On October 15, 2018, Koo filed an answer and Cross-Complaint. However, on November 27, 2018, Koo filed a voluntary request for dismissal as to the cross-complaint, without prejudice. Again, on March 12, 2020, Koo filed a new cross-complaint, this time alleging intentional and negligent misrepresentation on the part of Maddah.

On March 30, 2020, Maddah filed the instant motion to strike the entirety of the cross-complaint for failure to seek leave, or alternatively, to strike punitive damages. On June 22, 2020, Koo filed an opposition. On June 26, 2020, Maddah filed a reply.

Legal Standard

Any party, within the time allowed to respond to a pleading may serve and file a notice of motion to strike the whole or any part thereof. (CCP § 435(b)(1); Cal. Rules of Court, Rule 3.1322(b).) The court may, upon a motion or at any time in its discretion and upon terms it deems proper: (1) strike out any irrelevant, false, or improper matter inserted in any pleading; or (2) strike out all or any part of any pleading not drawn or filed in conformity with the laws of California, a court rule, or an order of the court. (CCP §§ 436(a)-(b); Stafford v. Shultz (1954) 42 Cal.2d 767, 782 [“Matter in a pleading which is not essential to the claim is surplusage; probative facts are surplusage and may be stricken out or disregarded”].)

In order to state a prima facie claim for punitive damages, a complaint must set forth the elements as stated in the general punitive damage statute, Civil Code Section 3294. (Coll. Hosp., Inc. v. Superior Court (1994) 8 Cal.4th 704, 721.) These statutory elements include allegations that the defendant has been guilty of oppression, fraud or malice. (Civ. Code § 3294 (a).) “Malice is defined in the statute as conduct intended by the defendant to cause injury to the plaintiff or despicable conduct which is carried on by the defendant with a willful and conscious disregard of the rights or safety of others." (Coll. Hosp., Inc., supra, 8 Cal. 4th at 725 [examining Civ. Code § 3294(c)(1)].)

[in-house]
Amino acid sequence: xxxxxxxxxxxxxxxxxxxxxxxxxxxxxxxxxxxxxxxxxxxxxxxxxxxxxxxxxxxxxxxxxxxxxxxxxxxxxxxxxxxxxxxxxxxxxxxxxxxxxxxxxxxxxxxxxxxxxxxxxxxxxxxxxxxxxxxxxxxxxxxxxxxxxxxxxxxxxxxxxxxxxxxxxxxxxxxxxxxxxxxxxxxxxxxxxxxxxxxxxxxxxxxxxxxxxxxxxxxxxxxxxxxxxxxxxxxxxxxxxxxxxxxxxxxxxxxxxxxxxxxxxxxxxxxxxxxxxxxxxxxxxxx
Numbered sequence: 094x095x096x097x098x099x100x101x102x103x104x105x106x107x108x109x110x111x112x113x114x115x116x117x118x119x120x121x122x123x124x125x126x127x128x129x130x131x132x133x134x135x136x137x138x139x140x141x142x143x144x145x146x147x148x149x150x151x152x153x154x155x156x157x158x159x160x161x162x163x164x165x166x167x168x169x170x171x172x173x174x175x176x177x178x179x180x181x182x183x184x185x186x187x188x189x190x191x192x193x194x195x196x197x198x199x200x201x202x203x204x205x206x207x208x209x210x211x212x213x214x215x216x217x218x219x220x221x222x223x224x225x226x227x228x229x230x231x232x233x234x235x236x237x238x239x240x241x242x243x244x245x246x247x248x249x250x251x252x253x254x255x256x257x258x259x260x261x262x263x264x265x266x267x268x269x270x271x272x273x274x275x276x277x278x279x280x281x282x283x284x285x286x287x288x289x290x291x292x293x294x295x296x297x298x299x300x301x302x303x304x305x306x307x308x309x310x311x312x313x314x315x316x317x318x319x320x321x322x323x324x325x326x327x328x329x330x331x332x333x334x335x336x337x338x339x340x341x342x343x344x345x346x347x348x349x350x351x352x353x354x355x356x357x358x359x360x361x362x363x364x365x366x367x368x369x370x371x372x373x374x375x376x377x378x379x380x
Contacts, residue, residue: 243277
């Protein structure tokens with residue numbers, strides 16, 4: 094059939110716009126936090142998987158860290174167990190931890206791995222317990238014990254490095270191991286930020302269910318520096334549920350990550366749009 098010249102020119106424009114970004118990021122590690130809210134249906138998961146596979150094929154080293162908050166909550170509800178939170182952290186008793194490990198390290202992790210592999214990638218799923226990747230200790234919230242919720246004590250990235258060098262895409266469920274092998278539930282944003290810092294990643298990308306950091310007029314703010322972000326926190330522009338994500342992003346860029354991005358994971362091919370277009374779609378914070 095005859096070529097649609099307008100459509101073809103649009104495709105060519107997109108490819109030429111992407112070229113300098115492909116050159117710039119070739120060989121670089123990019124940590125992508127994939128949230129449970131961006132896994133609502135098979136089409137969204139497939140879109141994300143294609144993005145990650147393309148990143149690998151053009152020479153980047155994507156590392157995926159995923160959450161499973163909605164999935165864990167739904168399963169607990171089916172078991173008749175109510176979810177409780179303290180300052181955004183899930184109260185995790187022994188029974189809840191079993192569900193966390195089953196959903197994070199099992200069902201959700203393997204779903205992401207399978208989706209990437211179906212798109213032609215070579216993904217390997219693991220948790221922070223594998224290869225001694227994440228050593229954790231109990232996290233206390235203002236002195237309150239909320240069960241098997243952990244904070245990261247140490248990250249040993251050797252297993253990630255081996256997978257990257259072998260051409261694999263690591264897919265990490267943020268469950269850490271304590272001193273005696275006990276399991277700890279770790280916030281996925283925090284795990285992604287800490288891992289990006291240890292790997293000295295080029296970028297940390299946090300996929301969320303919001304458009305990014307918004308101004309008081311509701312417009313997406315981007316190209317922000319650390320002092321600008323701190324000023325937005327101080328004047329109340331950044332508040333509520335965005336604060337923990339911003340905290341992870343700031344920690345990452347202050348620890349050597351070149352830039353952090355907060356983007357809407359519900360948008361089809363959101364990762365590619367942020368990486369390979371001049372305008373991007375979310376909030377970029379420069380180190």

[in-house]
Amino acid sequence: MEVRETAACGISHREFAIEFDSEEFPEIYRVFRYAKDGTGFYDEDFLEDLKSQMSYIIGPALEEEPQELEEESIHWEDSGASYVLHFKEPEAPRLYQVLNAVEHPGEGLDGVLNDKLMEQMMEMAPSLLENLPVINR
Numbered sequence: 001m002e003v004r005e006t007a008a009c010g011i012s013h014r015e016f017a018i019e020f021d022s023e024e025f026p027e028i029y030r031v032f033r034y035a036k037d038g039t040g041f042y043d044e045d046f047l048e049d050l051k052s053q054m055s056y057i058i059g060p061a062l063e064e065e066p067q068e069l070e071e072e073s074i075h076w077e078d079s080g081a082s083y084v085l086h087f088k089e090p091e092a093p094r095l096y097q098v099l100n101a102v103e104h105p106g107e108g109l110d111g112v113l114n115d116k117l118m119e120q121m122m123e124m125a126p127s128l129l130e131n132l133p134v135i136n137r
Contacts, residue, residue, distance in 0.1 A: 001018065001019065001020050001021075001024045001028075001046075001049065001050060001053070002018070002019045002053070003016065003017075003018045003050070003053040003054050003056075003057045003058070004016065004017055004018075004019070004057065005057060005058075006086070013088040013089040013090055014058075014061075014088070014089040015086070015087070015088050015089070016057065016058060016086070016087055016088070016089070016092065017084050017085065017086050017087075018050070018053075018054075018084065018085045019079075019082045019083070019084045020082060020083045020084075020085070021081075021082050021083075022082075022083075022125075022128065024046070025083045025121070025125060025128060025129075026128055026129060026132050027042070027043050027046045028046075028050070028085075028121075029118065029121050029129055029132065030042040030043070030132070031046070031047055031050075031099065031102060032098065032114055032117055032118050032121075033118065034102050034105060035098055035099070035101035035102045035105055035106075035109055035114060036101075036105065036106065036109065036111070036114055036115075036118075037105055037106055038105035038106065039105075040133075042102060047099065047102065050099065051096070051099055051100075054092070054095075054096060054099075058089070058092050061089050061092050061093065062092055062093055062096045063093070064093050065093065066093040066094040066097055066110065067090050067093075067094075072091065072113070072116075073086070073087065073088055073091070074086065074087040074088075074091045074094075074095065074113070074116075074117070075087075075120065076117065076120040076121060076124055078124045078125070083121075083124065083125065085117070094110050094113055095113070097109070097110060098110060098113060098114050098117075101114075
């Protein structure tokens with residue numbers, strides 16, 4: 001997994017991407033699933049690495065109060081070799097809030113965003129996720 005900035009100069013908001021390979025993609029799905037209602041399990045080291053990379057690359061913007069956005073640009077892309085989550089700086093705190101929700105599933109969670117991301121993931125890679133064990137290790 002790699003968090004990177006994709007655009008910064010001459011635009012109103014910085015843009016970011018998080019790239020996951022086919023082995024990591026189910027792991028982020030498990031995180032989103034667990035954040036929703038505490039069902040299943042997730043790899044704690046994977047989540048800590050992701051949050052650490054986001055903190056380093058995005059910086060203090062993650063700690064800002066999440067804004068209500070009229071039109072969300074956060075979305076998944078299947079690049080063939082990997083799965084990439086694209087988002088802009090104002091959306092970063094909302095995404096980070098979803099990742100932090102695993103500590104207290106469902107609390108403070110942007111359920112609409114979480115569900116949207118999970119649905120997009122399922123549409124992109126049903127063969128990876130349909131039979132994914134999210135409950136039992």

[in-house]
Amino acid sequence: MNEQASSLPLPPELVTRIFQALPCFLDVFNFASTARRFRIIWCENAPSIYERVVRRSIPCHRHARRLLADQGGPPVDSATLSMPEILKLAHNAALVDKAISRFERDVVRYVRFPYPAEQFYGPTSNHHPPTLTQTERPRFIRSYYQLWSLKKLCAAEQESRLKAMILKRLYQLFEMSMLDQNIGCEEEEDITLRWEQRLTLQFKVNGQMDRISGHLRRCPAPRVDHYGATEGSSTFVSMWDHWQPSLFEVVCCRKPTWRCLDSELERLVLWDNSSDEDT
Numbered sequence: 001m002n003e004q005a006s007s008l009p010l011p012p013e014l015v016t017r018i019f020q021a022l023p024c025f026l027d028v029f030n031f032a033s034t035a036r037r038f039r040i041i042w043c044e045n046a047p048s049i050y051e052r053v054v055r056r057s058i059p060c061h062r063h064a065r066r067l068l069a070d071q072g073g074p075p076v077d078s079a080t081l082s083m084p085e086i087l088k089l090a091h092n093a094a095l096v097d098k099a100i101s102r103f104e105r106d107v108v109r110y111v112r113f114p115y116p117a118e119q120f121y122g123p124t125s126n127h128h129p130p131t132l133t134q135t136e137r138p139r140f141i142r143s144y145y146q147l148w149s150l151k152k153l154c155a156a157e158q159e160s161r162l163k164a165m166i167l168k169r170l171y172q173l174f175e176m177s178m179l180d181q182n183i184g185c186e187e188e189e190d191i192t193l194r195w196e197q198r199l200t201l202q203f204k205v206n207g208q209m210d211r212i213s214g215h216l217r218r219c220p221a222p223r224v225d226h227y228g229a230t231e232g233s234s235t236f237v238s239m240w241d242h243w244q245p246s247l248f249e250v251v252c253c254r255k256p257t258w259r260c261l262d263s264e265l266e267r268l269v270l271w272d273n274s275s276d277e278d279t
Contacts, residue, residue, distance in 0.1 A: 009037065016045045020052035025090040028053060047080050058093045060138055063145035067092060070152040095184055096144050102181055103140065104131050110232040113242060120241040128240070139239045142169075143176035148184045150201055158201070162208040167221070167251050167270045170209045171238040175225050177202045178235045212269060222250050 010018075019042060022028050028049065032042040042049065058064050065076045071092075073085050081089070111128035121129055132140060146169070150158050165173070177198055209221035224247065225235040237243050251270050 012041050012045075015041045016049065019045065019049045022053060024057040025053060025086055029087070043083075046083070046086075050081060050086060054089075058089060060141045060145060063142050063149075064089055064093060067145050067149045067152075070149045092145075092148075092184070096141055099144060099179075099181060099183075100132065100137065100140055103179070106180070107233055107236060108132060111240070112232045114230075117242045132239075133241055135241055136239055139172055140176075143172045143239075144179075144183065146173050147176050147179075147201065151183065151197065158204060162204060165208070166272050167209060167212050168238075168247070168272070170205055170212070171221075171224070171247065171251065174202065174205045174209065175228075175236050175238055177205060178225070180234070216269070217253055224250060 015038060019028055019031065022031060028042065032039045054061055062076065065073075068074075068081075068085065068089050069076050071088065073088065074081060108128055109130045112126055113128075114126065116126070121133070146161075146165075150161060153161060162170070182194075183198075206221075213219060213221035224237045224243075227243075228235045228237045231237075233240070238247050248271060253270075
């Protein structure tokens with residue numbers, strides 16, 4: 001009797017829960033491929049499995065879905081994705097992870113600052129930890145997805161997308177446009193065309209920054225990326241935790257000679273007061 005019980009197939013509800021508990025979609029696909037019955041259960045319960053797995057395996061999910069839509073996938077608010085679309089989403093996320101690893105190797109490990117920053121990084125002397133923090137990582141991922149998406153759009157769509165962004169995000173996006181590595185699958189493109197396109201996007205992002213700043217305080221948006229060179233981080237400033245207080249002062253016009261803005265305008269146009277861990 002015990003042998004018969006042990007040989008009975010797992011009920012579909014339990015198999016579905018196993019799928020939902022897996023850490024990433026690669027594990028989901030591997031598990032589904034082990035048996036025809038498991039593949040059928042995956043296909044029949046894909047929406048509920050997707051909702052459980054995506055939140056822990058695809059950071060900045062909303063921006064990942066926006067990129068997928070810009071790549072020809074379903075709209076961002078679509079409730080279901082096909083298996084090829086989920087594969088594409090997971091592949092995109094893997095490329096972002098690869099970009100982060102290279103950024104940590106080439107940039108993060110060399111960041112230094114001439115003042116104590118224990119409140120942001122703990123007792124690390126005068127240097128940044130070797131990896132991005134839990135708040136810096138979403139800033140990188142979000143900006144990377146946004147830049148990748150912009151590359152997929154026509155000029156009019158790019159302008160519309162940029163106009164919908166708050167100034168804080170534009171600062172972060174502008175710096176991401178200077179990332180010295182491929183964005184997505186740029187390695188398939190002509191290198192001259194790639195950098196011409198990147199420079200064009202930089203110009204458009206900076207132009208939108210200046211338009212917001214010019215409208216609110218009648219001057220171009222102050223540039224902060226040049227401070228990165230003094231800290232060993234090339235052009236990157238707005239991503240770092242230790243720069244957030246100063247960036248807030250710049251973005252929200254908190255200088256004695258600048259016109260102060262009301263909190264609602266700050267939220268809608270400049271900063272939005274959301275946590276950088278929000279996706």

“In order to survive a motion to strike an allegation of punitive damages, the ultimate facts showing an entitlement to such relief must be pled by a plaintiff. [Citations.] In passing on the correctness of a ruling on a motion to strike, judges read allegations of a pleading subject to a motion to strike as a whole, all parts in their context, and assume their truth. [Citations.] In ruling on a motion to strike, courts do not read allegations in isolation. [Citation.]” (Clauson v. Superior Court (1998) 67 Cal.App.4th 1253, 1255.) “The mere allegation an intentional tort was committed is not sufficient to warrant an award of punitive damages. [Citation.] Not only must there be circumstances of oppression, fraud or malice, but facts must be alleged in the pleading to support such a claim. [Citation.]” (Grieves v. Superior Ct. (1984) 157 Cal.App.3d 159, 166, fn. omitted.)

Meet and Confer

Before filing a motion to strike, the moving party must meet and confer in person or by telephone with the party who filed the pleading to attempt to reach an agreement that would resolve the objections to the pleading. (CCP § 435.5.) Counsel’s declaration regarding a single email sent to opposing counsel does not satisfy CCP § 435.5(a)’s requirement that the parties meet and confer in person or by telephone. (Uss Decl. ¶ 10.) On this occasion, the Court will proceed to address the merits of the motion despite the insufficiency of the meet and confer. The Court cautions the parties that a code-compliant meet and confer effort is required for each demurrer or motion to strike on subsequent pleadings.

Discussion

Maddah moves to strike the newly filed cross-complaint on the grounds that it was not filed in conformity with the law. (CCP § 435(b).) The Court agrees.

Koo was required to file their cross-complaint against Maddah when they filed their initial answer. A party against whom a cause of action has been asserted in a complaint may file a cross-complaint setting forth either or both of the following: